Opinion

South African Macadamia Exports Off to a Flying Start but Low Prices Threaten the Industry

Published Aug 3, 2023
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South Africa's 2023 macadamia season is on track for record exports, with volumes already reaching 9,896 mt (on a kernel basis) in the first half of the year, significantly surpassing previous years. However, the industry is facing the lowest prices in recent history due to increased production in South Africa and other countries and competition from China's expanding domestic production. Weak nut prices globally further exacerbate this. Lower prices have incentivized a surge in imports from China, but at current price levels, the industry is under significant financial pressure.

Good Start to the Export Season

South Africa's 2023 macadamia season is shaping up to be a record in terms of production and exports as the industry continues its rapid expansion. On the other hand, prices have fallen to their lowest levels in recent history, leading to industry uncertainty. The harvest started in February and will wrap up in August. As these nuts pass through processing, the peak export months are from June to October. Exports in 2023 started well, with cumulative exports from January to June already reaching a massive 9,896 metric tons (mt) on a kernel basis. This is much higher than the 5,429 mt exported over the same period in 2022 and the five-year average of 6,129 mt.

Source: South African Revenue Service (SARS)

Chinese Demand Returns, Fast Growth in the Middle East

Chinese demand has been particularly strong in the first part of the season. South Africa exported 11,688 mt of in-shell and 1,535 mt of shelled macadamias (equivalent to 5,275 mt on a kernel basis) in the first six months of the year to China and Hong Kong. This is a massive increase from the 1,303 mt on a kernel equivalent exported in the first six months of 2022 and also the highest on record over this period. Chinese macadamia imports have been strong since the latter half of 2022, as Covid-19 restrictions were finally relaxed. This is good news for South African exporters, as demand from the United States (US) has been weaker than in 2022. South Africa exported 1,910 mt to the US in the first six months of 2023, down 5% year-on-year (YoY). Exports to Europe were 1,663 mt, up 43% YoY.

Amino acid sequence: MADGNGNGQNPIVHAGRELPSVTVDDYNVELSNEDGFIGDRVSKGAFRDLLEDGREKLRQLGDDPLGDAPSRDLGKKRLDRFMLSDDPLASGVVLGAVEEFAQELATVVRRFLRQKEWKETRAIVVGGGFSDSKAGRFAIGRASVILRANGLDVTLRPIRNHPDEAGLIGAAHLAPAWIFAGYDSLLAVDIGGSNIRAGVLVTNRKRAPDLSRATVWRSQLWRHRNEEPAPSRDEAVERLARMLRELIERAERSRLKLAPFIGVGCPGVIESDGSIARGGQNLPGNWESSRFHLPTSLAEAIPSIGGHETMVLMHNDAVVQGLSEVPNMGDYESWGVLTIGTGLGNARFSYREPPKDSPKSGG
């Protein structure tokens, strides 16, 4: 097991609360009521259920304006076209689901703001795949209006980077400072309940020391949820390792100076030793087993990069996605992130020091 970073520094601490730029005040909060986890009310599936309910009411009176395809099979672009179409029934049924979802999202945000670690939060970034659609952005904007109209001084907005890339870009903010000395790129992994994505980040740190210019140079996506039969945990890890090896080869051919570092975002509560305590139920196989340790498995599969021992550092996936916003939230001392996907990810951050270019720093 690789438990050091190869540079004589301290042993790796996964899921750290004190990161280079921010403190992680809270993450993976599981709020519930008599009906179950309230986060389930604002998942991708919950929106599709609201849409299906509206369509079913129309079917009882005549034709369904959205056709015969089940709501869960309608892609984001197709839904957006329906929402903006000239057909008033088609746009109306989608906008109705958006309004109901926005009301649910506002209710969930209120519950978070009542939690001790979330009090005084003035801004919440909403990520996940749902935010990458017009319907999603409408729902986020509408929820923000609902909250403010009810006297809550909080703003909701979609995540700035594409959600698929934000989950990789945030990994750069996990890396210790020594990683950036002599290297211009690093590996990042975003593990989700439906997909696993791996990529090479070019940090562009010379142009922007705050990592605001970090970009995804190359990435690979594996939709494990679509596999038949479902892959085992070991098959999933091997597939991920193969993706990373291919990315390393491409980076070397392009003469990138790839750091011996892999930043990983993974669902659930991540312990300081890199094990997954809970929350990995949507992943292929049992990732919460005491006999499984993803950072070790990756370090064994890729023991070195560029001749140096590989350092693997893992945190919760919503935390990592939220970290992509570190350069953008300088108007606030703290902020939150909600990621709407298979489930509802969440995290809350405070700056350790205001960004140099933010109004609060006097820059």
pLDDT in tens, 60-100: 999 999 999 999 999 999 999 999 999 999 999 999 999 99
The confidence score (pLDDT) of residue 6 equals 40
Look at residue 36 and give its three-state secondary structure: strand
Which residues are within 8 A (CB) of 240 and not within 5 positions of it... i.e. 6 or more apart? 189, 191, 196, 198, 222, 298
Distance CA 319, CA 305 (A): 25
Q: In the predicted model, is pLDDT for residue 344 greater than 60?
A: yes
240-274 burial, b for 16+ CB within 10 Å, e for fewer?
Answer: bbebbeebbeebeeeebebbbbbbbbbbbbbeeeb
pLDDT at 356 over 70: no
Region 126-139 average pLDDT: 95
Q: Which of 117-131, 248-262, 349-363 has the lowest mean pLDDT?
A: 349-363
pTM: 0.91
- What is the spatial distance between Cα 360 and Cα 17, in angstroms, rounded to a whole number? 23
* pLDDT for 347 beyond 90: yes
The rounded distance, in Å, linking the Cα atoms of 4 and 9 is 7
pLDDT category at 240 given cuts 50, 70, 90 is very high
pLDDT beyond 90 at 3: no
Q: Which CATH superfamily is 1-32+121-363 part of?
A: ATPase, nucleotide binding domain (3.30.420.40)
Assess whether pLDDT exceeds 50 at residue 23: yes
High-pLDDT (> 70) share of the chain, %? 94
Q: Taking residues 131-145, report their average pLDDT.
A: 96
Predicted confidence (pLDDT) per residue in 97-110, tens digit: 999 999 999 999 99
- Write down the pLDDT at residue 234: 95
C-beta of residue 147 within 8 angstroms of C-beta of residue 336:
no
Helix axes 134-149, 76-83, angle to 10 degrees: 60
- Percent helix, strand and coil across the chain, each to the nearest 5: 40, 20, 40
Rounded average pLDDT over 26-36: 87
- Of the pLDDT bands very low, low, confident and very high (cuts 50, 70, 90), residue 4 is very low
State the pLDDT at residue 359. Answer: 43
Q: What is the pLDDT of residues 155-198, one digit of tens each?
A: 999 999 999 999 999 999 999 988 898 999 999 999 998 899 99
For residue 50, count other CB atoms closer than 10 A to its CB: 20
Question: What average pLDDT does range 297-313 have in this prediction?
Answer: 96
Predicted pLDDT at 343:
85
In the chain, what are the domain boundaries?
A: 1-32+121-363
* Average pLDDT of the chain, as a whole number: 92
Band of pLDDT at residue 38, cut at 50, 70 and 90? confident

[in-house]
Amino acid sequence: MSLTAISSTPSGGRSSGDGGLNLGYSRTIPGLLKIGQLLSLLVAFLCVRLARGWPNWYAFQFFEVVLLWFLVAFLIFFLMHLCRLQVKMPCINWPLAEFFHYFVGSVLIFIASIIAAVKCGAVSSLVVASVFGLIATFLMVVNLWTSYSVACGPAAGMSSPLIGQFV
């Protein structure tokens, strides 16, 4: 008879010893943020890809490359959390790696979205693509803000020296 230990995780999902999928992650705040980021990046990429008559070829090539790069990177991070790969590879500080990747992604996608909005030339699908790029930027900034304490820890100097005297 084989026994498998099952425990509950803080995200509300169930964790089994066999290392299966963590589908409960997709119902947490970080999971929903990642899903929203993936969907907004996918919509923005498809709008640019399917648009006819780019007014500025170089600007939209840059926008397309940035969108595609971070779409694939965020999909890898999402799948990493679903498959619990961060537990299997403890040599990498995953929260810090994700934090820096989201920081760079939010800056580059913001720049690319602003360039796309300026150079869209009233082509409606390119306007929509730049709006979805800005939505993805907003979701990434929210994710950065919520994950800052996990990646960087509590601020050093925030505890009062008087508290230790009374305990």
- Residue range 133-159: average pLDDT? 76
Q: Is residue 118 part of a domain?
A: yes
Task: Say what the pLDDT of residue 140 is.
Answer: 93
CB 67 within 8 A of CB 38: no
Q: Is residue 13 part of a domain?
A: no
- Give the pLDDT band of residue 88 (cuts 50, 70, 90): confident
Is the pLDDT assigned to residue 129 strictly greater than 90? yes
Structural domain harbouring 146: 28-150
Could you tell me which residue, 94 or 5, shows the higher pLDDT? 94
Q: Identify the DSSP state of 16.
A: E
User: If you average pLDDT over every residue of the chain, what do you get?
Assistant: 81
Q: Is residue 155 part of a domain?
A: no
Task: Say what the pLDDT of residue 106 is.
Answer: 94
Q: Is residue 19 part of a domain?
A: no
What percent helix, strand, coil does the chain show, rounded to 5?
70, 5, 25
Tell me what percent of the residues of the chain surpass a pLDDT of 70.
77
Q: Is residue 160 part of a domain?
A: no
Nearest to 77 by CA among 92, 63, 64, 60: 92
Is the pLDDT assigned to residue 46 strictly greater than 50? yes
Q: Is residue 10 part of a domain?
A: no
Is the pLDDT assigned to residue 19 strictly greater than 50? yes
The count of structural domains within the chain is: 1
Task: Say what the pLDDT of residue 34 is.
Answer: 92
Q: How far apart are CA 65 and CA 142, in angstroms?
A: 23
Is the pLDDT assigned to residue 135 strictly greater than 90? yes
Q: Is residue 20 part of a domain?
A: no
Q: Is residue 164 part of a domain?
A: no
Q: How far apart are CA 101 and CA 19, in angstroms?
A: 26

The Middle East has been a lucrative market for nuts since 2022. Where nut consumption in many other regions slumped, Middle Eastern demand has increased. South Africa exported 384 mt of macadamias to this region, triple the exports of a year ago and a sixfold increase from the five-year average. So while the Middle East remains a small market, it is experiencing rapid growth to the benefit of the South African macadamia industry.

Source: SARS

Record Season on the Cards, but Low Prices Continue

It is shaping up to be a record season for South African macadamias in terms of exports and production. The latest estimate from Macadamias South Africa (SAMAC) pegs the crop at 77,659 mt (~24,850 mt on a kernel basis), up 13% from 2022 production. However, this projection is 5% lower than the initial forecast of 81,556 mt due to heavy rainfall and ensuing pest infestations that have deteriorated crop quality and yield.

In addition to these challenges, the industry is grappling with falling prices. Since the start of the year, the average export price has plunged by 47%. Export prices have fallen below USD7.00/kg, far from the 5-year average of USD 15.13/kg. While low nut prices are a common trend across the industry, the drop in macadamia prices is unprecedented. This dramatic price decrease is largely due to expanded macadamia production in countries like South Africa, Kenya, Malawi, and Australia, and intensified competition from China's swiftly growing domestic production.

Source: SARS

While the suppressed prices have driven higher demand from China, macadamia farmers are finding it hard to turn a profit at the current rate. Looking forward, South African macadamia production is anticipated to double in the next five years as new plantations mature and start producing commercially, a process that typically takes about seven years. However, the industry could face severe financial pressure if prices do not rebound to previous levels by the following season.

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